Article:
The best part is that people who use bed and breakfasts are more likely to pay more for the experience. The challenge is that there’s a lot of competition in this field, so if you think earning money this way is right for you, you’ll have to set up your home in a way that makes for a memorable experience for guests. Here’s a checklist to get you started:
Double check yourself, before you double wreck yourself. Make sure everything you send to a company, whether a résumé, an email or a portfolio, is good to go. Double check your grammar and wording, and for God’s sake use spell check! This is especially important when it comes to the company’s name. Don’t spell their name wrong and be sure to type it how they type it (e.g. Problogger, not Pro Blogger).
You might be desperate for work, but don’t necessarily jump at an opportunity that sounds too good to be true. In my article about common Craigslist scams, I wrote about fake employers who “hire” new employees, then “accidentally” send them too much pay. They’ll ask their victims to wire back the difference, but a few weeks later, when the bank discovers that the initial check is a fraud, the “employee” is on the hook for hundreds, sometimes even thousands of dollars. If a job offer sounds too good to be true, it probably is.
Most of us are guilty of hanging onto things that we never use, myself included. Take a day and go through all your old stuff and get rid of some of it! One tool that is really helpful for this is Decluttr. You can enter your items barcodes into their valuation engine and they’ll give you an instant offer. Then you simply pack all your items into a box and ship them off for free.
Be proactive. Remember Murphy's Law: "Whatever can go wrong will go wrong." Make plans, complete with as many calculations as possible, then anticipate everything that can go wrong. Then make contingency or backup plans for each scenario. Don't leave anything to luck. If you're writing a business plan, for example, do your best to estimate when you'll break even, then multiply that time frame by three to get a more realistic date; and after you've identified all the costs, add 20% to that for costs that will come up that you didn't anticipate. Your best defense against Murphy's law is to assume the worst, and brace yourself. An appropriate amount of insurance may be something worth considering. Don't forget the advice of Louis Pasteur, a French chemist who made several incredible breakthroughs in the causes and prevention of disease: "Luck favors the prepared mind."
Ratings. Whenever someone buys a book from you, they will have the opportunity to give the transaction a rating. This is when they’ll tell other potential buyers whether the book was in the condition that you described, whether it was mailed on time, and if your communications were pleasant and helpful. One bad rating can hamper sales, and a couple of them can downright stop them. Excel at customer service and your ratings will help your company grow.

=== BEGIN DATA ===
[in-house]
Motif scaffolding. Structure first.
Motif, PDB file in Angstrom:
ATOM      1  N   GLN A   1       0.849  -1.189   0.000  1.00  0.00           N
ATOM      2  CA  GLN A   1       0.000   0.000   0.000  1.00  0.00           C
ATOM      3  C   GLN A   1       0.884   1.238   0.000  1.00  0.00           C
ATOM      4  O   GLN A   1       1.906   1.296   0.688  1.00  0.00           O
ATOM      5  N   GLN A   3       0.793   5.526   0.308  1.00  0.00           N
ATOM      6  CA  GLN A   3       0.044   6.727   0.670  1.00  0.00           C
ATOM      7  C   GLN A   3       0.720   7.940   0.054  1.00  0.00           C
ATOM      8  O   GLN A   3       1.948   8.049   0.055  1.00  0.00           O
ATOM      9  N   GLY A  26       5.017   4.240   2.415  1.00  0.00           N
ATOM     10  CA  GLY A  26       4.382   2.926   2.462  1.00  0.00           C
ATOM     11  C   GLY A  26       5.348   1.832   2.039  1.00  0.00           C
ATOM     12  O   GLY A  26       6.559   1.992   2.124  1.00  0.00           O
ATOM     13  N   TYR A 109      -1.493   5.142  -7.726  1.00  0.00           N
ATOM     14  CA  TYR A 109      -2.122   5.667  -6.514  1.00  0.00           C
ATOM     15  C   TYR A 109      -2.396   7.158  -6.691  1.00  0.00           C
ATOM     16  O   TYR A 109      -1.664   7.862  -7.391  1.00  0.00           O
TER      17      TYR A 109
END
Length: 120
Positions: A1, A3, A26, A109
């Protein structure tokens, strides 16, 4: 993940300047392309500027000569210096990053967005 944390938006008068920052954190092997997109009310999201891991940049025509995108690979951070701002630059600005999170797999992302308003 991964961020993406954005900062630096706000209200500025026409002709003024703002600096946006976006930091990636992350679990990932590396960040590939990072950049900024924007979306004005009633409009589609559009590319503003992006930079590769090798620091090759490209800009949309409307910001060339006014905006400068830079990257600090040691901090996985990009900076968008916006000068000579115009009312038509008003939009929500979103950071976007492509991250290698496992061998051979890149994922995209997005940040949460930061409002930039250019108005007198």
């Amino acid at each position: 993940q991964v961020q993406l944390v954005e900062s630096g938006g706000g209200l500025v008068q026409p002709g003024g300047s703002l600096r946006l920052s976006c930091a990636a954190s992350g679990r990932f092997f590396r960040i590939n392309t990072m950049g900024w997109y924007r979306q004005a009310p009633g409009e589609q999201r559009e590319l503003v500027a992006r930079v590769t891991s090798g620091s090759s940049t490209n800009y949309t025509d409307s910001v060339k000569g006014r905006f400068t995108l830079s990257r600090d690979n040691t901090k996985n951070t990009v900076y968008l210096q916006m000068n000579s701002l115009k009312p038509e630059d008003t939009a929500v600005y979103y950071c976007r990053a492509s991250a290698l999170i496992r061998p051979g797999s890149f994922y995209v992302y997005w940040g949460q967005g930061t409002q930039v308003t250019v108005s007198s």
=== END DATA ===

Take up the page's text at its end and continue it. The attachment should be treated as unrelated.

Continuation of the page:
Considering that you have a finite amount of time, passive income should make up a large part of your work. And if you're serious about generating any semblance of income online, then passive income should be one of your sole goals and ambitions. Why? Simply this. Wouldn't you prefer to do the work one time and get paid repeatedly as opposed to relying on your time to generate that income?
Perhaps you’re raising kids and you’re committed to not using daycare. Maybe you’re a little older and can’t commit to a full-time job. Or you might be injured or disabled, making it difficult for you to leave your home each day. Whatever your reason is, if you’re stuck at home most of the day, you’ve probably thought about the income you could be making by taking a work-from-home job or running your own business.
Monetize a hobby. While some hobbies actually cost money, others can be transformed into a profitable business venture. Ultimately, it depends on what your hobby is and how talented you are. You could turn your love of photography, for example, into a part-time gig taking family portraits and wedding photos or selling prints on Etsy or at arts fairs.
Or you can take dog walking a step further and get paid to take a dog in while the owner is away! Have you ever checked to see what it costs to board a pet? Those places are not cheap! Do some research and charge 10 – 20% less. Post your ads on Craigslist or around town. But don't expect people to just leave their loved one with a stranger. Make sure you offer your references and that you have all their necessary information if Fido gets injured or sick. Rover can help you here, too – Become a Pet Sitter.
@Philip Taylor The point is that this is design is specialized job and is not just a side job. Just because an individual may know a thing or two about the technical aspect of a program does not warrant them to fill that role as a designer. There’s more than just drawing a mark in a program. There’s strategy in brand development, marketing, etc… This is insulting to the creative industry to label logo and branding as a scheme to make extra money.
Websites like Survey Junkie will pay you a decent chunk of change for the low-maintenance, borderline mindless task of completing surveys. Companies want to understand consumers better, and one way they do that is by compensating survey-takers (a.k.a. you). Most surveys pay between $0.50 and $1.25, and many of them take less than 5 minutes to do. You can read our full Survey Junkie review for more info.